Victor Leser, Ealing Save Our NHS (ESON) and Keep Our NHS Public (KONP) have mounted a campaign to ensure that all NHS mental health Trusts regularly publish their performance against the 18 week and 52 Week Refer To Treatment (RTT) targets. From 1 April 2015 the NHS target for 18 Week RTT has been 95%. Most of these Trusts are not reporting. Often they justify this (incorrectly) in connection with convoluted reasoning around ‘Non-Consultant led teams’ and the use of ‘Multi-Disciplinary teams’.
Why anyone would ever agree to a 95% 18 Week RTT target is quite beyond me. If you had broken your leg, would you be happy to wait up to 4.5 months for treatment? If you were diagnosed with cancer, would you be satisfied to wait up to 4.5 months for treatment to begin. But if your mind is broken………
After multiple meetings with my local mental health Trust – West London NHS Trust (WLHT) – it seems to be finally dawning on them that they might have to report these figures. However they are still refusing. Local service users and their carers need to know how long patients are waiting/must wait for their treatment. When all mental health Trusts regularly report on performance against the 18 and 52 Week RTT targets, NHS bosses will have a much clearer picture on the size of this massive national failure.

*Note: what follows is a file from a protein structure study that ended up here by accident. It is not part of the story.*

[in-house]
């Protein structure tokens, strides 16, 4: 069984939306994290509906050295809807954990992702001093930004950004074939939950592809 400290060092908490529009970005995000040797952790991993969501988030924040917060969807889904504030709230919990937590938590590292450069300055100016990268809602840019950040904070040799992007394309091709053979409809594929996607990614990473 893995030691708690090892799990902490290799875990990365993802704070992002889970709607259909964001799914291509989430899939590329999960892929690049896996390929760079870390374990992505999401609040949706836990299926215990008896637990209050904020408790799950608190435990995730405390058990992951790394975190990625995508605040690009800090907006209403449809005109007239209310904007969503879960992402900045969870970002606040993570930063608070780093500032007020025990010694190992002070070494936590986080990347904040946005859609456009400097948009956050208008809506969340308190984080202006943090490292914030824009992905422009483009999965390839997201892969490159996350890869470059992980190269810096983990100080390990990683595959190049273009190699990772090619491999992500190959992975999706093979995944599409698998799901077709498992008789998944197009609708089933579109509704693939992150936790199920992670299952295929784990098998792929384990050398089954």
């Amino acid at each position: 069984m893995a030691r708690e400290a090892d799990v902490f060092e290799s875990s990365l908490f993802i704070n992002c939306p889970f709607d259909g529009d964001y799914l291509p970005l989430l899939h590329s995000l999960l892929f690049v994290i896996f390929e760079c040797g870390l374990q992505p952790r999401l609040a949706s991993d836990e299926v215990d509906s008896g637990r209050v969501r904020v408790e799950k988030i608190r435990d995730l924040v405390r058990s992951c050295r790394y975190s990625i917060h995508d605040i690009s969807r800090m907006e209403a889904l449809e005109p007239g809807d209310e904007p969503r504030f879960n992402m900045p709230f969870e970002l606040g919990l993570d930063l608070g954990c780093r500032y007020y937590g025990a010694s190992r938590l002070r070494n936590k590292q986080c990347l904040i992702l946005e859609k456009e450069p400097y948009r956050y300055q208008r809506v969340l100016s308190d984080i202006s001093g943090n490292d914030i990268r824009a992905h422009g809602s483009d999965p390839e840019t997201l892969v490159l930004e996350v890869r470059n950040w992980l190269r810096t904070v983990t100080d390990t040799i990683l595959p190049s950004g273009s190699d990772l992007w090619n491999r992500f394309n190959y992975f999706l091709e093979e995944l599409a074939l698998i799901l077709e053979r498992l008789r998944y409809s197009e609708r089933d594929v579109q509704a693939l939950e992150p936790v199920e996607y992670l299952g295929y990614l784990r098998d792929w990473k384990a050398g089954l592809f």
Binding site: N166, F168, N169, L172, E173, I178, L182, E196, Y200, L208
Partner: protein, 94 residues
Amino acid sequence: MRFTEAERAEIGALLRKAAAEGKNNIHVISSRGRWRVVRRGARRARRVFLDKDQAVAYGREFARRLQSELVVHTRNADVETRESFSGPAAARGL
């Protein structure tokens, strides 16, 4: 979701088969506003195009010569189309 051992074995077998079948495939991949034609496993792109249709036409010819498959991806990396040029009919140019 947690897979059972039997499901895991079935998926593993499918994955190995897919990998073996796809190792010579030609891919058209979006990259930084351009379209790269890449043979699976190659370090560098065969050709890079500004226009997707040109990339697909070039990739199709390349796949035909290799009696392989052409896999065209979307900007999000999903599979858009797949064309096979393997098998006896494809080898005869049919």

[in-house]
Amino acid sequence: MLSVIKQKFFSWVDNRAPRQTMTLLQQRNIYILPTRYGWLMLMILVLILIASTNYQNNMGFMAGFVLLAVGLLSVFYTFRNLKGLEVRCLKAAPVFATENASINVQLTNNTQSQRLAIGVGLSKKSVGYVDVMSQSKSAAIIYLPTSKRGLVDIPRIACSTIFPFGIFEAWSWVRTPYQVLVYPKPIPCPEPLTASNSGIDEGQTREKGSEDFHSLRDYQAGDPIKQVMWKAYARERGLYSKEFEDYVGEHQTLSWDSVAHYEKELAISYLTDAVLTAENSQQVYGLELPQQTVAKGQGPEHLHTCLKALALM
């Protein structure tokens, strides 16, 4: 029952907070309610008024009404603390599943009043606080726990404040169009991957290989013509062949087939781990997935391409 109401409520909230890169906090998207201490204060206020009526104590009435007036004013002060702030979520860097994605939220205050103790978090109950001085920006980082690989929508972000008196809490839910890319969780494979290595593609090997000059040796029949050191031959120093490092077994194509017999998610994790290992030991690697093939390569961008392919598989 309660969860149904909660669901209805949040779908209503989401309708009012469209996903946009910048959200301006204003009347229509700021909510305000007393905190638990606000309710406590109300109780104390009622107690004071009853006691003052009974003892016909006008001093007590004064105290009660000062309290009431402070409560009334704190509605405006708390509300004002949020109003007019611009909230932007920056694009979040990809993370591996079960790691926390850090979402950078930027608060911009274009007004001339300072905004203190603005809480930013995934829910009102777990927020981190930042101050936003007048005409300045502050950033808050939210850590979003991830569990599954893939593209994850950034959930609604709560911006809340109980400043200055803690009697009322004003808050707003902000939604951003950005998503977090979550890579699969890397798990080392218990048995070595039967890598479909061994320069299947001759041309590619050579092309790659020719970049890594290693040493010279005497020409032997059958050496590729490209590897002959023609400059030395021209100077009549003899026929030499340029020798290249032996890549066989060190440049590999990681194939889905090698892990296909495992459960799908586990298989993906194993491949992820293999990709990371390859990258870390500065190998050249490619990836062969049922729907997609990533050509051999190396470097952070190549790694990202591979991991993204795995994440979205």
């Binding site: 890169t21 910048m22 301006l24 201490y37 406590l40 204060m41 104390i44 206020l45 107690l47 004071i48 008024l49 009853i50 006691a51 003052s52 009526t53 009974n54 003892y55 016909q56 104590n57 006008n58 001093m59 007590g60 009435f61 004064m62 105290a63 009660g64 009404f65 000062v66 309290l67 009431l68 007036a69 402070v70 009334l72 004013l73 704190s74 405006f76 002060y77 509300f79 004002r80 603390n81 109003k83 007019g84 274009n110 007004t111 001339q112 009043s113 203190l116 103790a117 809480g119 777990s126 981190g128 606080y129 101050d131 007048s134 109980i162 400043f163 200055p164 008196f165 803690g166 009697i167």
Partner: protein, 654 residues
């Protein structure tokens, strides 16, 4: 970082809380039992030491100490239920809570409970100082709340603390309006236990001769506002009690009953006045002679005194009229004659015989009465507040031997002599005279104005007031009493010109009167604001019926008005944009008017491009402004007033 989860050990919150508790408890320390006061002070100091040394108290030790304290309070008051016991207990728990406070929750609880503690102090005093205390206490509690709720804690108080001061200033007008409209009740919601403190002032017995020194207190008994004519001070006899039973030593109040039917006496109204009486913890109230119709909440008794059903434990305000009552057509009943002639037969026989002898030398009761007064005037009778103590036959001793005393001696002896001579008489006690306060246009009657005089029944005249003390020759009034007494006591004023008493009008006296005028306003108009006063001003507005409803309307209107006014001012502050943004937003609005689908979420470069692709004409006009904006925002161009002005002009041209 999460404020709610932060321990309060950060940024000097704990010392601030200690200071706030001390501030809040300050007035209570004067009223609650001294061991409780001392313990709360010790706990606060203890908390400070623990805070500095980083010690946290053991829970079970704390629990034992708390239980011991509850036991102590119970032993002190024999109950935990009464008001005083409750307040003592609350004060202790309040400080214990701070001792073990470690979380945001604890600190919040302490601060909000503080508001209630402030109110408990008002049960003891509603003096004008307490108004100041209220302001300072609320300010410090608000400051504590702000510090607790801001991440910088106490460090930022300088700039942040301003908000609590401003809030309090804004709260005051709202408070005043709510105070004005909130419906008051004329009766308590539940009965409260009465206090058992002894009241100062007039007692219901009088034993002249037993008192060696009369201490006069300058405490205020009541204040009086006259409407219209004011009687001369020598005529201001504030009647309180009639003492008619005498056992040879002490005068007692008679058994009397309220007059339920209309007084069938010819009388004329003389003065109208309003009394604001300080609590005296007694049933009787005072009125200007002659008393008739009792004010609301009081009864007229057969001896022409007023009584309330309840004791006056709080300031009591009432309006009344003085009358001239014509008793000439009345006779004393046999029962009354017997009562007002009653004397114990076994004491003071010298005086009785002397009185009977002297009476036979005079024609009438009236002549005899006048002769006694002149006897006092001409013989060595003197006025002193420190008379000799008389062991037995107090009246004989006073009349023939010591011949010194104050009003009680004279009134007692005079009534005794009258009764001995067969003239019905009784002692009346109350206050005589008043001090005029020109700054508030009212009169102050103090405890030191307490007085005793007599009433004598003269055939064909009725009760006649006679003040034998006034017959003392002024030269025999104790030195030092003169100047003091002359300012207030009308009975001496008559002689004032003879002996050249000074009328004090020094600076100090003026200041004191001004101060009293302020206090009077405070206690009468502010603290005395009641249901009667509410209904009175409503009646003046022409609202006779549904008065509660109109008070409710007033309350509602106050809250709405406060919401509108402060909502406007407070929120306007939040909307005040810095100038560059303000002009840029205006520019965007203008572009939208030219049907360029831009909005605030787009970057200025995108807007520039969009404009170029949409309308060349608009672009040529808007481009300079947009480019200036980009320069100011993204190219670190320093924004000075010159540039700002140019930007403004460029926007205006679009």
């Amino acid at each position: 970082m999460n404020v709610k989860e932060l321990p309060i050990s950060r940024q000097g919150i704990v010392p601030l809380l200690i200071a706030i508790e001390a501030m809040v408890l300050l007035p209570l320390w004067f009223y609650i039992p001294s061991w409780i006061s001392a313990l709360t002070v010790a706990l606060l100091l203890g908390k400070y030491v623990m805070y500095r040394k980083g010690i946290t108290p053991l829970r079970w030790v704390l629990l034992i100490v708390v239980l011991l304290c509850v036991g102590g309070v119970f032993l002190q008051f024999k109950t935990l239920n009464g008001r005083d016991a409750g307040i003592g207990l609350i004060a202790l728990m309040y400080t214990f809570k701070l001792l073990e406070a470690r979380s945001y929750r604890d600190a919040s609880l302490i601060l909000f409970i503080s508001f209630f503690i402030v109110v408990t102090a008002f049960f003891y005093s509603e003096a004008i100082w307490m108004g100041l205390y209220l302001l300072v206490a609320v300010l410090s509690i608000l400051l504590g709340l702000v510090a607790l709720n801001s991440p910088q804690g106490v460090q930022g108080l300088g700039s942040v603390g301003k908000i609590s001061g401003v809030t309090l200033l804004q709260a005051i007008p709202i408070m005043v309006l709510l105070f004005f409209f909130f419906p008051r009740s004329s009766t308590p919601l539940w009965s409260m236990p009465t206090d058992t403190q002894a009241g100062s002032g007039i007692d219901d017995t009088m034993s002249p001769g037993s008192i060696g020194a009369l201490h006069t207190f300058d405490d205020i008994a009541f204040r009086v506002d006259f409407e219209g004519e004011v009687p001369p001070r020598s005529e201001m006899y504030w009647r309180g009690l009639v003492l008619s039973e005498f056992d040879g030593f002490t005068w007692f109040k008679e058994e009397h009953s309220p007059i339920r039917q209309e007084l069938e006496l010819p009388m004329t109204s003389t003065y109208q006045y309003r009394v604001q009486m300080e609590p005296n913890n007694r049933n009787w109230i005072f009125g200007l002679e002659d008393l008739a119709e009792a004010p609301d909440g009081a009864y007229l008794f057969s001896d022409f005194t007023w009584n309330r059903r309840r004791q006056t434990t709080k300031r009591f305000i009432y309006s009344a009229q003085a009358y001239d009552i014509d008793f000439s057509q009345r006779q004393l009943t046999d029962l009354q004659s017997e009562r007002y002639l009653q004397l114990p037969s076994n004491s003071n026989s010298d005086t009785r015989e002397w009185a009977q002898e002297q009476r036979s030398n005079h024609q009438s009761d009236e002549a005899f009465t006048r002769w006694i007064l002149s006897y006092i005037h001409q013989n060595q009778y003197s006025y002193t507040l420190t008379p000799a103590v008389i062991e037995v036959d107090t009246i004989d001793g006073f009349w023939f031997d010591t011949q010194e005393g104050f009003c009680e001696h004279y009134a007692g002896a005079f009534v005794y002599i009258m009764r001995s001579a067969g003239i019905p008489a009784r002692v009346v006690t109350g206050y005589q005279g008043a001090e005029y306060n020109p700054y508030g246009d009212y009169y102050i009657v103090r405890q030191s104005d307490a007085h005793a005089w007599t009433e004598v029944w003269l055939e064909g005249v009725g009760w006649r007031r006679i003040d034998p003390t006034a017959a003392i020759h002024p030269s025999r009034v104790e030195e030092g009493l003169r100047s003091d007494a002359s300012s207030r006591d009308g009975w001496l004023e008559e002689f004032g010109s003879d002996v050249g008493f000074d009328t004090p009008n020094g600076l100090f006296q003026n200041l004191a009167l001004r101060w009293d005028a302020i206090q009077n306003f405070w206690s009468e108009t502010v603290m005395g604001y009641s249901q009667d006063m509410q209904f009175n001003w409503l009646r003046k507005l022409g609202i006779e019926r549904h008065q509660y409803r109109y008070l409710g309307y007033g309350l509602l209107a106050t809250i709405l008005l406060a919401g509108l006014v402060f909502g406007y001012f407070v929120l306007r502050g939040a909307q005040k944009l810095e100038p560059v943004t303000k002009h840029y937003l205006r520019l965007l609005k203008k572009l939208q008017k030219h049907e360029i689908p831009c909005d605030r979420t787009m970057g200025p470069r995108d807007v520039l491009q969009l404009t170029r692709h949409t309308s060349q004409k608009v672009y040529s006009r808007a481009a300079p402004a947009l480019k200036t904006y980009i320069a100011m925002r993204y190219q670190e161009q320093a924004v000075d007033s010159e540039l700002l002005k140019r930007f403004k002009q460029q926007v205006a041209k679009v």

IF WLHT with 114 consultants can’t meet the 95% 18 Week RTT target (which anecdotally they aren’t) just how many consultants would it take to meet this target?
Nationally five NHS mental health Trusts have so far admitted to having consultant-led teams providing elective services and will now report on 18 week RTT performance. 11 Trusts have said no and have given excuses that are based upon misconceptions about Multi-Disciplinary Teams. 12 Trusts are still to answer.